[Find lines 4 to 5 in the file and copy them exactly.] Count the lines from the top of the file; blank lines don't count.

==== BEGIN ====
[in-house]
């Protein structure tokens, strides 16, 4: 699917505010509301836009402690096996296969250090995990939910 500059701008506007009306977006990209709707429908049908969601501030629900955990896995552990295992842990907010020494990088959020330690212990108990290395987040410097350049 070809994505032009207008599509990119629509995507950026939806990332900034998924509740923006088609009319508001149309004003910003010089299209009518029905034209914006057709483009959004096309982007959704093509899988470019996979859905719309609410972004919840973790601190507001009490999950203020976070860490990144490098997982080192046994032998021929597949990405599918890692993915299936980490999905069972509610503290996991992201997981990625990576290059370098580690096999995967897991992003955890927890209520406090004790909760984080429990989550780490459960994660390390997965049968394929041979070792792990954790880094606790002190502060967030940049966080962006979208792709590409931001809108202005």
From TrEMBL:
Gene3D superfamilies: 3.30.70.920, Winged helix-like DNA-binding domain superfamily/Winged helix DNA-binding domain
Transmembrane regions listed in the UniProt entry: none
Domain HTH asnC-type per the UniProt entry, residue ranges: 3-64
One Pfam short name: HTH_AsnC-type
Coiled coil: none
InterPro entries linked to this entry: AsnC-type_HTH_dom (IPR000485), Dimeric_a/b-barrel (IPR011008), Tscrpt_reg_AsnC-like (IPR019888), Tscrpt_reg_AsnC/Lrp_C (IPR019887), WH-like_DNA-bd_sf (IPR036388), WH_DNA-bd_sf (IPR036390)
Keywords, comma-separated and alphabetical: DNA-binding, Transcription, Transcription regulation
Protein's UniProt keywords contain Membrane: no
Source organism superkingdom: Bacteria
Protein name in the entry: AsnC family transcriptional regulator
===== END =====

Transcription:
Gene3D superfamilies: 3.30.70.920, Winged helix-like DNA-binding domain superfamily/Winged helix DNA-binding domain
Transmembrane regions listed in the UniProt entry: none